Channel Insider content and product recommendations are editorially independent. We may make money when you click on links to our partners. Learn More.

The holiday season is a good time for everyone in the channel to take a step back and appreciate who exactly should be thankful for what.

Vendors are always going on about how partners need to generate sales on their behalf in order to achieve the privilege of being in their channel partner programs. But in a world where the profit margins on products are razor-thin, there’s not much vendors can really offer in the way of cold, hard cash as an incentive to participate in a program. For that reason, vendors as of late have been emphasizing a lot more of the intangible aspects of their channel programs

In reality, however, partners should be evaluating what programs to participate in based on how much services revenue any given vendor helps them generate.

Some vendors are starting to understand this new channel reality better than others. Hewlett-Packard, for instance, has created an ecosystem of application partners that includes partners such as Critical Mass, Cynergy, DigitasLBi, Organic and projekt202 under which sales, marketing and delivery teams are all tightly integrated with HP. By working more closely with HP, Paul Evans, worldwide lead for applications transformation, said the customer experience is improved at all levels, leading to greater satisfaction and eventually additional sales for all concerned.

Vendors across the board are pushing partners to depend more on the profits they generate by delivering services versus the margins generated on product sales, which many vendors are less inclined to share with partners, given the overall pressure on their balance sheets. But, in practice, that means that vendors are increasingly becoming little more than a means to an end for the partner. The partner only needs the product to generate services revenue. In fact, while this may be heresy in the channel, many partners would be better off giving away the product if that meant generating more higher-margin services revenue.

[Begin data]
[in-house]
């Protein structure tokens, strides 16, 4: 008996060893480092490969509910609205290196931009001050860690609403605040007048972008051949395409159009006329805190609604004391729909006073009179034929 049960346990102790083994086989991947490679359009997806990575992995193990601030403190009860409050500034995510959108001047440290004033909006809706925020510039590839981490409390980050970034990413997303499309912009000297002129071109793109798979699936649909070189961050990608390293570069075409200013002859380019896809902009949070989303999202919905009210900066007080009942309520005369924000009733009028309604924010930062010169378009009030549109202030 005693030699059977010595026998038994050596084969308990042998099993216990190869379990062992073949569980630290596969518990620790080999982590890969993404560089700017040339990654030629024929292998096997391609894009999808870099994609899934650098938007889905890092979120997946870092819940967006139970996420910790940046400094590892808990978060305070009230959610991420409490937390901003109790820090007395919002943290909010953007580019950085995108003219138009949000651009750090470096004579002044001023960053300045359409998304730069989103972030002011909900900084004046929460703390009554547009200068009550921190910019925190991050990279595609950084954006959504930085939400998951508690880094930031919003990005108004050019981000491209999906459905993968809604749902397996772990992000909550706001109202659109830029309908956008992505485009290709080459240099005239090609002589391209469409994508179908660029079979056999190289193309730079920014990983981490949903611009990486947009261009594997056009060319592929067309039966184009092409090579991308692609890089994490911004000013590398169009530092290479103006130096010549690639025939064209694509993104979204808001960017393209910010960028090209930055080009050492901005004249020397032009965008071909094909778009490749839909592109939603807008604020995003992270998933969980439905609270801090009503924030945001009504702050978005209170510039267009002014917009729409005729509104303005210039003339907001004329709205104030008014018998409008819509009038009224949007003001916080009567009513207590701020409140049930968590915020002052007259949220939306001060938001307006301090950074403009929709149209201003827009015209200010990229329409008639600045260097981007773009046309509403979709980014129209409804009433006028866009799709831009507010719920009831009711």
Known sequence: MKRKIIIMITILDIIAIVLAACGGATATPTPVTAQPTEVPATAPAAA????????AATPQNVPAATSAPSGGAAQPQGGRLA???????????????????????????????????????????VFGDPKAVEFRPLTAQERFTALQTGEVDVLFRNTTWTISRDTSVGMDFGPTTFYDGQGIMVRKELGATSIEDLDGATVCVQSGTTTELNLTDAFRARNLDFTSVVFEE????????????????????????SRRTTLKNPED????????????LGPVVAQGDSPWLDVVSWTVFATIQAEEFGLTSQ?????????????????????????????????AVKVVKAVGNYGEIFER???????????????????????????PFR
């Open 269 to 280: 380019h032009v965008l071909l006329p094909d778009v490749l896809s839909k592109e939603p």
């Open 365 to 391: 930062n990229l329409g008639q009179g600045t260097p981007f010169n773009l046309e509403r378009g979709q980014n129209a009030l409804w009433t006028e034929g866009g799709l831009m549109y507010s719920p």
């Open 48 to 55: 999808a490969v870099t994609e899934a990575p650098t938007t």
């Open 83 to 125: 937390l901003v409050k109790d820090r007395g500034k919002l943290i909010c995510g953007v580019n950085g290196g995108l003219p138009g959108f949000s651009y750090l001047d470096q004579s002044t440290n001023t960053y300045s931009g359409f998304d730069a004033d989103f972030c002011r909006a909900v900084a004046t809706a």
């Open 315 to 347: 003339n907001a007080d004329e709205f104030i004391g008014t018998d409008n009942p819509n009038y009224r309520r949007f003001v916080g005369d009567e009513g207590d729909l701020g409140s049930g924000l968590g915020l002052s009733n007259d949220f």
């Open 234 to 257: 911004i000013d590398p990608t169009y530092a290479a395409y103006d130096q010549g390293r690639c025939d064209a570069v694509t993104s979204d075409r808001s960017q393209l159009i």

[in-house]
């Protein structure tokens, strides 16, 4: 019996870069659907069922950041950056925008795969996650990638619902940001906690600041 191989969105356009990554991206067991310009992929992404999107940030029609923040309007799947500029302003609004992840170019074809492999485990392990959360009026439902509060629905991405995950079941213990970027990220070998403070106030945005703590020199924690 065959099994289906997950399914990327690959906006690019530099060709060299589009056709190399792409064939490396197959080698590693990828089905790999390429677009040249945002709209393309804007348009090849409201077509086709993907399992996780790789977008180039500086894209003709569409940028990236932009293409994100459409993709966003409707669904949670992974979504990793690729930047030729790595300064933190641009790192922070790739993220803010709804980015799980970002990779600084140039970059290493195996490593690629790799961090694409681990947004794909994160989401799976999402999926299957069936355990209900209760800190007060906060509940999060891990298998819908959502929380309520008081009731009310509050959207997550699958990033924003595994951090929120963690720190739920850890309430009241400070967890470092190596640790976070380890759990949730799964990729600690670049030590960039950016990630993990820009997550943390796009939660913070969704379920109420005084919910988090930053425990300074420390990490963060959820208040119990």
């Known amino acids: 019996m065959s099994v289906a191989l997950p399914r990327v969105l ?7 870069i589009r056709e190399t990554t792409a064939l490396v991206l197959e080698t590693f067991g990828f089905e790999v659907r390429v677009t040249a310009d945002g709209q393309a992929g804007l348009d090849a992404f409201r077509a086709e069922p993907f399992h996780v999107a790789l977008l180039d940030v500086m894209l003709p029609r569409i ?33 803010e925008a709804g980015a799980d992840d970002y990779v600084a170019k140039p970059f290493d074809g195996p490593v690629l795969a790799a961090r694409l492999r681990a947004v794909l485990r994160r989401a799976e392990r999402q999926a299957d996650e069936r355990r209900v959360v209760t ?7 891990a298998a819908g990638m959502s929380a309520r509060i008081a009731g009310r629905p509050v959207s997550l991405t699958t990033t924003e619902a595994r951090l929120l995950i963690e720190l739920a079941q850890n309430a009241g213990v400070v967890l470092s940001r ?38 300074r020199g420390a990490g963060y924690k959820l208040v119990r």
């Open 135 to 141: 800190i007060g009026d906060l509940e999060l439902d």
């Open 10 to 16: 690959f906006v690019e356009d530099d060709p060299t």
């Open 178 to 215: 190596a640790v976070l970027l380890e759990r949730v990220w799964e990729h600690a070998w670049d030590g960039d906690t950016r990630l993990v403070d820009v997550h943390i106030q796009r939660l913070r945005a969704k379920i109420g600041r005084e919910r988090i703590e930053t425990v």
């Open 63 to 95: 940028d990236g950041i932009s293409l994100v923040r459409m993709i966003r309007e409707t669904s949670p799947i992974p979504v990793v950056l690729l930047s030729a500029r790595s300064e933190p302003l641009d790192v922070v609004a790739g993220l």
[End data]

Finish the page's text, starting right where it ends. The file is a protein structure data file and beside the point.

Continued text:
Given that, partners should probably start creating their own channel programs for vendors. Participation in those programs would then be determined by how much high-margin services revenue the vendor generates on behalf of the partner. Partners, of course, could then elect to share that revenue with vendors based on how much effort the vendor puts into the program, which, of course, would be reflected by their status and the number of certifications attained when it comes to selling an actual repeatable solution, which would be a lot more difficult to achieve than any product certification a vendor might have in place today.

The irony in all this is that channel chiefs are always looking for partners that are financially sound as defined by their ability to generate high-margin services revenue. What many of them have failed to appreciate is that, as solution providers move to that model, the clubs those types of partners are running in terms of what vendors they want to do business with are getting a lot more exclusive than any of the channel programs being offered by a vendor.

The time has come for vendors to be more proactive in acknowledging just how grateful they are to be included on the line cards of the channel partners that are responsible for driving much of the revenue that—given all the vendors competing for it—could easily be diverted elsewhere at almost any time.

Michael Vizard has been covering IT issues in the enterprise for 25 years as an editor and columnist for publications such as InfoWorld, eWEEK, Baseline, CRN, ComputerWorld and Digital Review.